|Publication number||US5928288 A|
|Application number||US 09/076,963|
|Publication date||Jul 27, 1999|
|Filing date||May 13, 1998|
|Priority date||May 13, 1998|
|Also published as||DE69938758D1, EP0956835A2, EP0956835A3, EP0956835B1|
|Publication number||076963, 09076963, US 5928288 A, US 5928288A, US-A-5928288, US5928288 A, US5928288A|
|Inventors||Stephen F. Wilson|
|Original Assignee||Johnson & Johnson Professional, Inc.|
|Export Citation||BiBTeX, EndNote, RefMan|
|Patent Citations (24), Non-Patent Citations (2), Referenced by (29), Classifications (22), Legal Events (7)|
|External Links: USPTO, USPTO Assignment, Espacenet|
The present invention relates to bioimplantable joint prostheses and, more particularly, to prostheses used in artificial hip joints.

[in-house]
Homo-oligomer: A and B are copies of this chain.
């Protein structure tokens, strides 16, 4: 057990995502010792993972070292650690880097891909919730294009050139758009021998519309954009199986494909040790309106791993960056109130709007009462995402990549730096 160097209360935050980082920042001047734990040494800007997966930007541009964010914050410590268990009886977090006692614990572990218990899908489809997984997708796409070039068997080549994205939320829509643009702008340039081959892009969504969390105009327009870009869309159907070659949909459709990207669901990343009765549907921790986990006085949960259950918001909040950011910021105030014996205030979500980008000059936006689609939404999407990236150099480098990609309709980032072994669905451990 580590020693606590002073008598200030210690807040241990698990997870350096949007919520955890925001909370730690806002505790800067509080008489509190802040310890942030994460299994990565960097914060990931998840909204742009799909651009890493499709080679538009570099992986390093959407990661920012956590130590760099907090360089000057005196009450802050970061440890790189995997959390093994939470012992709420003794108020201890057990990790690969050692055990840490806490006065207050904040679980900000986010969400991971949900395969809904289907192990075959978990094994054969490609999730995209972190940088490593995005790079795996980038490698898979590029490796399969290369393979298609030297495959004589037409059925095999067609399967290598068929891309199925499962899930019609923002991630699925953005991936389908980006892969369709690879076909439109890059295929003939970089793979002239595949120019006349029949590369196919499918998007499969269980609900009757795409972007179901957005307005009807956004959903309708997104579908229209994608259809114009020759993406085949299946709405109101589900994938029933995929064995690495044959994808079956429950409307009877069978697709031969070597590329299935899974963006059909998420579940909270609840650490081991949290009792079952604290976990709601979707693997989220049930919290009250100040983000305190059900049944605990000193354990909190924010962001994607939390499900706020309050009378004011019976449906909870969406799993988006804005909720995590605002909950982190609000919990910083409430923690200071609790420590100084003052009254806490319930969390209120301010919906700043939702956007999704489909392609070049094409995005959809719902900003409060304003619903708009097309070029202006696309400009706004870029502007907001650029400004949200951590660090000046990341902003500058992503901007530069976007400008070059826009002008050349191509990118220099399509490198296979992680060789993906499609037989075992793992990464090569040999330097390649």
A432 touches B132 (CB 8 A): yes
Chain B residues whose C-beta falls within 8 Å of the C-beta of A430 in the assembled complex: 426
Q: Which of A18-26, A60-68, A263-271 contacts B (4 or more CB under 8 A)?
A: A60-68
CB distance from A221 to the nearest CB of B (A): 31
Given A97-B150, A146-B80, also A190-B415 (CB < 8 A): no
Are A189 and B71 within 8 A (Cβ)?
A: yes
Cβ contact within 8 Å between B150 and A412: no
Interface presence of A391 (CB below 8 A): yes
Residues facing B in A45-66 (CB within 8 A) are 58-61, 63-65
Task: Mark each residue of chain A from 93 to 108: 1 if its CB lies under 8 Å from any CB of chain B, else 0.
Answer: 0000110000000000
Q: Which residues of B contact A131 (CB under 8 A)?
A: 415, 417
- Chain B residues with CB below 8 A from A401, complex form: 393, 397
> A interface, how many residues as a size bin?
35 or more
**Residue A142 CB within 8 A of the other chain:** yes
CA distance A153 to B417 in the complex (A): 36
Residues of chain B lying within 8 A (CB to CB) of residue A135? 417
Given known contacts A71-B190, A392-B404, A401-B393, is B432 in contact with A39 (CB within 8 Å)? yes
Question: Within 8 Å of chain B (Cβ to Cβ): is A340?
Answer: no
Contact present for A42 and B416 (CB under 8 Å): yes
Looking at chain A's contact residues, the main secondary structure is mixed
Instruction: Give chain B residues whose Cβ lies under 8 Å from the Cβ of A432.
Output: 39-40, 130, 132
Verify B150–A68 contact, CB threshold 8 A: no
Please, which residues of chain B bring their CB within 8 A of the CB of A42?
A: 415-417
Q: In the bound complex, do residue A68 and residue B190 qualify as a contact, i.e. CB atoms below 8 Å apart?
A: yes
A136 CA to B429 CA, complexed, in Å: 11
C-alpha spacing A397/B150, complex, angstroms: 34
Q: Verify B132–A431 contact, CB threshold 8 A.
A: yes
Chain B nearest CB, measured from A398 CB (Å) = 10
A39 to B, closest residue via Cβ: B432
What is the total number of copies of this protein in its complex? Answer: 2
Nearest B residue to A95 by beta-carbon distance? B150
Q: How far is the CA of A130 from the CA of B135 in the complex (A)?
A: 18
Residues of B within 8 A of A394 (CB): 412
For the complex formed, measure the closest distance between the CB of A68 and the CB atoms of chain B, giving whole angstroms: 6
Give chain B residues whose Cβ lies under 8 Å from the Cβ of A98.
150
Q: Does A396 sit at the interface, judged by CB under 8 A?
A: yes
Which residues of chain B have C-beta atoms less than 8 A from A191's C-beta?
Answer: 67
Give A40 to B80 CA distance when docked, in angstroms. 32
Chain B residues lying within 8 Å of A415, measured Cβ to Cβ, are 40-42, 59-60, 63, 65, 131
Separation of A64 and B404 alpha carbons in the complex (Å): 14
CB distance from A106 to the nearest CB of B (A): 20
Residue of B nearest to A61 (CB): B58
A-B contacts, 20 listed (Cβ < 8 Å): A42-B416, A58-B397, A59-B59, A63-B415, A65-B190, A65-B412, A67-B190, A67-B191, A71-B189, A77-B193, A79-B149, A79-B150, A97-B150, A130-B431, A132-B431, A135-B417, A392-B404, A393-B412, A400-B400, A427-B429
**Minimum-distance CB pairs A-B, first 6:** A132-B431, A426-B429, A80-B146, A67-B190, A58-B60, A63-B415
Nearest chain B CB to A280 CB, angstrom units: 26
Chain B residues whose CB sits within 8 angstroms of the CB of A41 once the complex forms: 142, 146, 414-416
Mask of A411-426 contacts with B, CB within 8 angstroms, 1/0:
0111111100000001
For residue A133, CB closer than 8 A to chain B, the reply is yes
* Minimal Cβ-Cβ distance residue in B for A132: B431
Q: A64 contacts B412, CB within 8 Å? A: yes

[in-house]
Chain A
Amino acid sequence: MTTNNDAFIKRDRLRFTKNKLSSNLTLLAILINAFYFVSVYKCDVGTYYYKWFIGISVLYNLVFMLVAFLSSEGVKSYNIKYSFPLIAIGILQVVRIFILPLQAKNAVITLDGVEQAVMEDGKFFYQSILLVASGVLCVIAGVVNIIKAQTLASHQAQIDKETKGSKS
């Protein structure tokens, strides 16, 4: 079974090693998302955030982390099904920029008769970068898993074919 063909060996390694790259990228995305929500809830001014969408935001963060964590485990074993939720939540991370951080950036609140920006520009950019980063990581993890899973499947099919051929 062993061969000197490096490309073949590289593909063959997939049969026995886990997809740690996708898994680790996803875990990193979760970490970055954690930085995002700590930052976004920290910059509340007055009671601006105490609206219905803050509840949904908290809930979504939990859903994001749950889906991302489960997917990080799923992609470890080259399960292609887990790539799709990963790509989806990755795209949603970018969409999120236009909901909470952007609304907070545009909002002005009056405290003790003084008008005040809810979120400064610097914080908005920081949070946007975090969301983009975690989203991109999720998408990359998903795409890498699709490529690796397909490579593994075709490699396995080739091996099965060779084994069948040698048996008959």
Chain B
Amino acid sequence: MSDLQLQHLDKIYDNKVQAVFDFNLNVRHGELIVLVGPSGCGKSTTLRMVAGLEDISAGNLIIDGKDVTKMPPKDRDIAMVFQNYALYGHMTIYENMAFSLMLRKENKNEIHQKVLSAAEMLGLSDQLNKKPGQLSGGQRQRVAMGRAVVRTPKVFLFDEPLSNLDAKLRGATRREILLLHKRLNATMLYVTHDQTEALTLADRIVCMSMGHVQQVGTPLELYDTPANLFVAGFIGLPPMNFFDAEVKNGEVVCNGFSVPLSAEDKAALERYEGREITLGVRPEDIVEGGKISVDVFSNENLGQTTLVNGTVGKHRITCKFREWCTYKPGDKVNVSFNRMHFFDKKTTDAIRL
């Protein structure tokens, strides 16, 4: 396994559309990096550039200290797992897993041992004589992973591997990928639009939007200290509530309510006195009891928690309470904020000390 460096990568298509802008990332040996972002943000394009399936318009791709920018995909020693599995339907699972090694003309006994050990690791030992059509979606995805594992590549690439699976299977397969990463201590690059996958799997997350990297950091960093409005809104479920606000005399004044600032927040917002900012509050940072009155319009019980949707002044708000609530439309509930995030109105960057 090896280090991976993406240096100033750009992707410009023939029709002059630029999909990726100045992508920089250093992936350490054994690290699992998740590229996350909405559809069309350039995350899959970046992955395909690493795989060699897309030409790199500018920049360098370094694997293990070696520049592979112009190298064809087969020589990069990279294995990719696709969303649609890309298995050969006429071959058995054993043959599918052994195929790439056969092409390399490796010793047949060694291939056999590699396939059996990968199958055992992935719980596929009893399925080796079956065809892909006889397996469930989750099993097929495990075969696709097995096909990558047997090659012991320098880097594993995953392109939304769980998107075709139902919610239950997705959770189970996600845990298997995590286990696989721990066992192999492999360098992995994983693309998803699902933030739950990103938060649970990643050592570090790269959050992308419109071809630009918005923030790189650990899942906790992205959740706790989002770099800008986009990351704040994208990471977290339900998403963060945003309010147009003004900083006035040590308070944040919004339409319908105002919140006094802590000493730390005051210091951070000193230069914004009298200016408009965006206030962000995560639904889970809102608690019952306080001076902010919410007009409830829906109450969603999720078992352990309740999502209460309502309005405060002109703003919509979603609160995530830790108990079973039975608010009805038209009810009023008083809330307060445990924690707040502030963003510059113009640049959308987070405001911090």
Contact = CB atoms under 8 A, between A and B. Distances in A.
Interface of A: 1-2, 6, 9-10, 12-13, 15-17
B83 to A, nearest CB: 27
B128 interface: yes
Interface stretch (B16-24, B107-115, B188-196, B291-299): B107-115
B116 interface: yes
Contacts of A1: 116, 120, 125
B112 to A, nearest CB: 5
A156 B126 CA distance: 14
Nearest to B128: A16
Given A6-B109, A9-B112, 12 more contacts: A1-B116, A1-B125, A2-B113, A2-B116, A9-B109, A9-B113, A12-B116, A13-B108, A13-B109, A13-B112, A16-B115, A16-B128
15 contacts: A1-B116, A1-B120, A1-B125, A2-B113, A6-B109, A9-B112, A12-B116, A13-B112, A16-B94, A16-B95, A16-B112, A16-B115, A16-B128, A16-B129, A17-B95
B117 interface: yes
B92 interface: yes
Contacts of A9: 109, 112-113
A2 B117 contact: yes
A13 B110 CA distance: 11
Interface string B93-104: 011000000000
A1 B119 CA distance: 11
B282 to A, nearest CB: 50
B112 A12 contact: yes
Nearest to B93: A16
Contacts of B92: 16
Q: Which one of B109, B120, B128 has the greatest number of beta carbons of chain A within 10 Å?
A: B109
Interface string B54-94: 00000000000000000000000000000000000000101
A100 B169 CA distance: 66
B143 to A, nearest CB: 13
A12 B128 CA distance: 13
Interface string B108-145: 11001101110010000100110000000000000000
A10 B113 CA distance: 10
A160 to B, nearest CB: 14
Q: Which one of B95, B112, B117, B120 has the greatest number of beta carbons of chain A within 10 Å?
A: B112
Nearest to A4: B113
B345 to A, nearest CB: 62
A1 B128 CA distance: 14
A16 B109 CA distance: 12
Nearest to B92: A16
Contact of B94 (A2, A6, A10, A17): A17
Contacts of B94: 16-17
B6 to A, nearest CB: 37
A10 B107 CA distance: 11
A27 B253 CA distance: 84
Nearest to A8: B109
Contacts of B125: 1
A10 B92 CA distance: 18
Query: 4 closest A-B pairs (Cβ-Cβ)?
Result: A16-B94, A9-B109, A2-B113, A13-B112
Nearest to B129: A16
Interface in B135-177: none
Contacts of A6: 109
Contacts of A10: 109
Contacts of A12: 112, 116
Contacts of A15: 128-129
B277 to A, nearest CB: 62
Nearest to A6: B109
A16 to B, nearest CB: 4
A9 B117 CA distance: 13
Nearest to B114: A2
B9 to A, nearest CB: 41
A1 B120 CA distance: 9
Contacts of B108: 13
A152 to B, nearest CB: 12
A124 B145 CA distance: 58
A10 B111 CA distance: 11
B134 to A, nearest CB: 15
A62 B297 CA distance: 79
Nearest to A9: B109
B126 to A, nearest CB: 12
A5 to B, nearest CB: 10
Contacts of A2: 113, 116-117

Joint arthroplasty is a well known surgical procedure by which a diseased and/or damaged natural joint is replaced by a prosthetic joint. Joint arthroplasty is commonly performed for hips, knees, elbows, and other joints. The health and condition of the joint to be replaced dictate the type of prosthesis necessary to replace the natural joint.
In a total hip arthroplasty an acetabular cup is implanted in the acetabular cavity of the pelvis to replace the natural acetabulum. Replacement of the acetabulum is necessary for various joint conditions, such as when there is an inadequate articulation surface for a head or ball of a prosthetic femoral component. Total hip arthroplasty is also warranted in certain cases of Developmental Dysplasia Hip (DDH) where the natural acetabular cavity does not properly form to allow sufficient joint articulation.
To implant an acetabular cup, a cavity is reamed in the acetabulum. The acetabular cup prosthesis is then inserted into the formed cavity and secured by mechanical means, interference fit, or by a combination thereof. The acetabular cup prosthesis is positioned in the pelvis at a fixed orientation with respect to patient anatomy and should remain stable.